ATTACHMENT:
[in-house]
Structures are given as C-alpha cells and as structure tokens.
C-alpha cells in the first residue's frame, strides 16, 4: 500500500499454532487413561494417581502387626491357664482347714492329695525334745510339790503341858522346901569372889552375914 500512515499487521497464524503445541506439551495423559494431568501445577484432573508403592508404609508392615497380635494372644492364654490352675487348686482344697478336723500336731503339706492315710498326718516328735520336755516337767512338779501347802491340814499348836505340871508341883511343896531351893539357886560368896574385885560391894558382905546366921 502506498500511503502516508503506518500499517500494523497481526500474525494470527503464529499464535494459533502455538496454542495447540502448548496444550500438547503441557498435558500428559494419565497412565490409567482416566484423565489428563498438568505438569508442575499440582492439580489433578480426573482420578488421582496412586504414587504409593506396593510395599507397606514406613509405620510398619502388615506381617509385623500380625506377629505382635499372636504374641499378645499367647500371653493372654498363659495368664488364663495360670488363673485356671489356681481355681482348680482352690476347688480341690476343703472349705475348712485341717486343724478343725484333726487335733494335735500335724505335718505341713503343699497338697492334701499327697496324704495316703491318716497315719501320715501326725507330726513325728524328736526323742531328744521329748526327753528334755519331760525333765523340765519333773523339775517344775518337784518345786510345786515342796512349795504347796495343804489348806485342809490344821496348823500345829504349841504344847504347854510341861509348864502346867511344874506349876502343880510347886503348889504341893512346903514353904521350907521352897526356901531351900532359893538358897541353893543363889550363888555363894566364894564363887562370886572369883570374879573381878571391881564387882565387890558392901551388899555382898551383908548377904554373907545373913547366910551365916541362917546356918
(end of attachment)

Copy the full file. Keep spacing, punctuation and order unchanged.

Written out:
[in-house]
Structures are given as C-alpha cells and as structure tokens.
C-alpha cells in the first residue's frame, strides 16, 4: 500500500499454532487413561494417581502387626491357664482347714492329695525334745510339790503341858522346901569372889552375914 500512515499487521497464524503445541506439551495423559494431568501445577484432573508403592508404609508392615497380635494372644492364654490352675487348686482344697478336723500336731503339706492315710498326718516328735520336755516337767512338779501347802491340814499348836505340871508341883511343896531351893539357886560368896574385885560391894558382905546366921 502506498500511503502516508503506518500499517500494523497481526500474525494470527503464529499464535494459533502455538496454542495447540502448548496444550500438547503441557498435558500428559494419565497412565490409567482416566484423565489428563498438568505438569508442575499440582492439580489433578480426573482420578488421582496412586504414587504409593506396593510395599507397606514406613509405620510398619502388615506381617509385623500380625506377629505382635499372636504374641499378645499367647500371653493372654498363659495368664488364663495360670488363673485356671489356681481355681482348680482352690476347688480341690476343703472349705475348712485341717486343724478343725484333726487335733494335735500335724505335718505341713503343699497338697492334701499327697496324704495316703491318716497315719501320715501326725507330726513325728524328736526323742531328744521329748526327753528334755519331760525333765523340765519333773523339775517344775518337784518345786510345786515342796512349795504347796495343804489348806485342809490344821496348823500345829504349841504344847504347854510341861509348864502346867511344874506349876502343880510347886503348889504341893512346903514353904521350907521352897526356901531351900532359893538358897541353893543363889550363888555363894566364894564363887562370886572369883570374879573381878571391881564387882565387890558392901551388899555382898551383908548377904554373907545373913547366910551365916541362917546356918